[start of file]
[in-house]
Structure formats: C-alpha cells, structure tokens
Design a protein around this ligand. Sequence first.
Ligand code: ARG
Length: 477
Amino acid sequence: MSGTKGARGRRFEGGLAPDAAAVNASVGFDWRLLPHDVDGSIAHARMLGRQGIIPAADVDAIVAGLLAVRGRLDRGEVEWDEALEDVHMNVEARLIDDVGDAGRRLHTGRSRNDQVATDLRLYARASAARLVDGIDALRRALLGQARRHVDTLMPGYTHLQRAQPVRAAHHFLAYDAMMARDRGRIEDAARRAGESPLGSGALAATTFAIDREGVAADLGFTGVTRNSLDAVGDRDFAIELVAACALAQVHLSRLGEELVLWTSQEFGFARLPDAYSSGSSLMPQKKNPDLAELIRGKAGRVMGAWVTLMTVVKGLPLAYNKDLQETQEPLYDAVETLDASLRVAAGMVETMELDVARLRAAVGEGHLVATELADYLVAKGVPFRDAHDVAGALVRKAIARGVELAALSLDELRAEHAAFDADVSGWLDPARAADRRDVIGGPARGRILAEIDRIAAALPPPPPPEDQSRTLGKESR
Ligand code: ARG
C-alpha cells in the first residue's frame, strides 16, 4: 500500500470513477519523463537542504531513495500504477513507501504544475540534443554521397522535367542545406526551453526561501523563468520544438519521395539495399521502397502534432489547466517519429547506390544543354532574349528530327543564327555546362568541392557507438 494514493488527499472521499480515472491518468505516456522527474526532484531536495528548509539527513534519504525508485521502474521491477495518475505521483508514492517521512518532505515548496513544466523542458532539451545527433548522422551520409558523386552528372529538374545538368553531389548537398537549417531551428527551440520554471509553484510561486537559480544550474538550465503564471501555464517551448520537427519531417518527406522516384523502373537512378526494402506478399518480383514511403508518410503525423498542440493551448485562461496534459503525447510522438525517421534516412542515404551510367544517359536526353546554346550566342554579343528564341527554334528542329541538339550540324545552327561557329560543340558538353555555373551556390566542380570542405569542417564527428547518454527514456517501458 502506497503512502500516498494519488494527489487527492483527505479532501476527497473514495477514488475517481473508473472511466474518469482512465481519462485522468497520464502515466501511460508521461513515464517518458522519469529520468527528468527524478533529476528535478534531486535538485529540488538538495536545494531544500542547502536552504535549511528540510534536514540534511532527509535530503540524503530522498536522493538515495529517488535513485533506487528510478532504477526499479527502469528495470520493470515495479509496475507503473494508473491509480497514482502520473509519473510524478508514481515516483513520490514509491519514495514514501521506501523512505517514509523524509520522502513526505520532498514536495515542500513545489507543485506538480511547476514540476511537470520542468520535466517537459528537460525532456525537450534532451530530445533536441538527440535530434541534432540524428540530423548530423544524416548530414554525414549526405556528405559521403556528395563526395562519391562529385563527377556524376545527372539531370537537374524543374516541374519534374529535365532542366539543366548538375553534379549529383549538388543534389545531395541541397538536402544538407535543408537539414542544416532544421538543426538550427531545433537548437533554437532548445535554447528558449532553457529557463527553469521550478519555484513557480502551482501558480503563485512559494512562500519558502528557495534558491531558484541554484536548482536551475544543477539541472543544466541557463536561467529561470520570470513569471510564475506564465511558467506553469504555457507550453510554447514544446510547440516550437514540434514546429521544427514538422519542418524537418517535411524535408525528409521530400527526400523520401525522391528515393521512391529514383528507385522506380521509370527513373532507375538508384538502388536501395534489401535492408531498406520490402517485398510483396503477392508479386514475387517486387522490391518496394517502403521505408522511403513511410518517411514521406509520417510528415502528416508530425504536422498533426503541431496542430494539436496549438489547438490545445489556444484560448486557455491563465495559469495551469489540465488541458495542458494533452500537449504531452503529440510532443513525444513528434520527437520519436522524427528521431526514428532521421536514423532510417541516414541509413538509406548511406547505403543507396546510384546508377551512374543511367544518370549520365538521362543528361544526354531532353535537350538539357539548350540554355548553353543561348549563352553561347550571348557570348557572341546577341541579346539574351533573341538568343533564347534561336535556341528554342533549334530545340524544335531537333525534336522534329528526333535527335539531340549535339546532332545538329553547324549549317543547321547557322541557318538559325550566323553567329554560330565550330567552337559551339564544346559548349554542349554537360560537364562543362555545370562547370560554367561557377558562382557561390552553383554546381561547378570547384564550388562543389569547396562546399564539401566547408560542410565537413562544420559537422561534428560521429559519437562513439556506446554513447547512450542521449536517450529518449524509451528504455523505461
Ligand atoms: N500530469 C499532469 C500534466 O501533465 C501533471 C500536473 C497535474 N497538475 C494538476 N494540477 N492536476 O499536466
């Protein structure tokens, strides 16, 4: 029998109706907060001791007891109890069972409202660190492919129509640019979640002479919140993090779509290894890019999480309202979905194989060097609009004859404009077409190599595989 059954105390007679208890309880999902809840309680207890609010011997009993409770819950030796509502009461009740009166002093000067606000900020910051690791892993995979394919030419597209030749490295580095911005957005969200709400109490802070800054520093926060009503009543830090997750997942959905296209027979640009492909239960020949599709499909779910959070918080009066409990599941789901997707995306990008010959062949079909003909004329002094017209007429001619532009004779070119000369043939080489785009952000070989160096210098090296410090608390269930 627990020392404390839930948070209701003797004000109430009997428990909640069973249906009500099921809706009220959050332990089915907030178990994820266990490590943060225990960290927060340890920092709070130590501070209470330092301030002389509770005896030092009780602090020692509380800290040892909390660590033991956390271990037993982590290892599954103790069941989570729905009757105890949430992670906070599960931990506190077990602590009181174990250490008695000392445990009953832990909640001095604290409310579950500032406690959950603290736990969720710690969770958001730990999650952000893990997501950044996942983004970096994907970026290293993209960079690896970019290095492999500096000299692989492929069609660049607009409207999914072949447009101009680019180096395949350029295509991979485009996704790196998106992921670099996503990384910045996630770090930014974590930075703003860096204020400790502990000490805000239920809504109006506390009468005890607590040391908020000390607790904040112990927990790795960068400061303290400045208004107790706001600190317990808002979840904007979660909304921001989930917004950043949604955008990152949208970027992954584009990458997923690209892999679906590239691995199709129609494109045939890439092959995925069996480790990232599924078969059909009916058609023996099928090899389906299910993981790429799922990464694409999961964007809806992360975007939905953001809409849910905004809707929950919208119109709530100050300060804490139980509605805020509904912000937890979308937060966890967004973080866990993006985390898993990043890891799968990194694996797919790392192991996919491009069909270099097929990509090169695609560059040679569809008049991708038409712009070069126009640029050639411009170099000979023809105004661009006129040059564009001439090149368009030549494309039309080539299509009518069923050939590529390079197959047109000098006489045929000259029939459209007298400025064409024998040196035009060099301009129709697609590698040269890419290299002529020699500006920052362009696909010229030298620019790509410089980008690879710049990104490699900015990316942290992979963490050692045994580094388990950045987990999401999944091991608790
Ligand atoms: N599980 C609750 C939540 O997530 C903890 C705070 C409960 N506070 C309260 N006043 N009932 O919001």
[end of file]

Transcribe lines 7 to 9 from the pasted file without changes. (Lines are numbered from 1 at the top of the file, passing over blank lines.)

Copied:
Ligand code: ARG
C-alpha cells in the first residue's frame, strides 16, 4: 500500500470513477519523463537542504531513495500504477513507501504544475540534443554521397522535367542545406526551453526561501523563468520544438519521395539495399521502397502534432489547466517519429547506390544543354532574349528530327543564327555546362568541392557507438 494514493488527499472521499480515472491518468505516456522527474526532484531536495528548509539527513534519504525508485521502474521491477495518475505521483508514492517521512518532505515548496513544466523542458532539451545527433548522422551520409558523386552528372529538374545538368553531389548537398537549417531551428527551440520554471509553484510561486537559480544550474538550465503564471501555464517551448520537427519531417518527406522516384523502373537512378526494402506478399518480383514511403508518410503525423498542440493551448485562461496534459503525447510522438525517421534516412542515404551510367544517359536526353546554346550566342554579343528564341527554334528542329541538339550540324545552327561557329560543340558538353555555373551556390566542380570542405569542417564527428547518454527514456517501458 502506497503512502500516498494519488494527489487527492483527505479532501476527497473514495477514488475517481473508473472511466474518469482512465481519462485522468497520464502515466501511460508521461513515464517518458522519469529520468527528468527524478533529476528535478534531486535538485529540488538538495536545494531544500542547502536552504535549511528540510534536514540534511532527509535530503540524503530522498536522493538515495529517488535513485533506487528510478532504477526499479527502469528495470520493470515495479509496475507503473494508473491509480497514482502520473509519473510524478508514481515516483513520490514509491519514495514514501521506501523512505517514509523524509520522502513526505520532498514536495515542500513545489507543485506538480511547476514540476511537470520542468520535466517537459528537460525532456525537450534532451530530445533536441538527440535530434541534432540524428540530423548530423544524416548530414554525414549526405556528405559521403556528395563526395562519391562529385563527377556524376545527372539531370537537374524543374516541374519534374529535365532542366539543366548538375553534379549529383549538388543534389545531395541541397538536402544538407535543408537539414542544416532544421538543426538550427531545433537548437533554437532548445535554447528558449532553457529557463527553469521550478519555484513557480502551482501558480503563485512559494512562500519558502528557495534558491531558484541554484536548482536551475544543477539541472543544466541557463536561467529561470520570470513569471510564475506564465511558467506553469504555457507550453510554447514544446510547440516550437514540434514546429521544427514538422519542418524537418517535411524535408525528409521530400527526400523520401525522391528515393521512391529514383528507385522506380521509370527513373532507375538508384538502388536501395534489401535492408531498406520490402517485398510483396503477392508479386514475387517486387522490391518496394517502403521505408522511403513511410518517411514521406509520417510528415502528416508530425504536422498533426503541431496542430494539436496549438489547438490545445489556444484560448486557455491563465495559469495551469489540465488541458495542458494533452500537449504531452503529440510532443513525444513528434520527437520519436522524427528521431526514428532521421536514423532510417541516414541509413538509406548511406547505403543507396546510384546508377551512374543511367544518370549520365538521362543528361544526354531532353535537350538539357539548350540554355548553353543561348549563352553561347550571348557570348557572341546577341541579346539574351533573341538568343533564347534561336535556341528554342533549334530545340524544335531537333525534336522534329528526333535527335539531340549535339546532332545538329553547324549549317543547321547557322541557318538559325550566323553567329554560330565550330567552337559551339564544346559548349554542349554537360560537364562543362555545370562547370560554367561557377558562382557561390552553383554546381561547378570547384564550388562543389569547396562546399564539401566547408560542410565537413562544420559537422561534428560521429559519437562513439556506446554513447547512450542521449536517450529518449524509451528504455523505461
Ligand atoms: N500530469 C499532469 C500534466 O501533465 C501533471 C500536473 C497535474 N497538475 C494538476 N494540477 N492536476 O499536466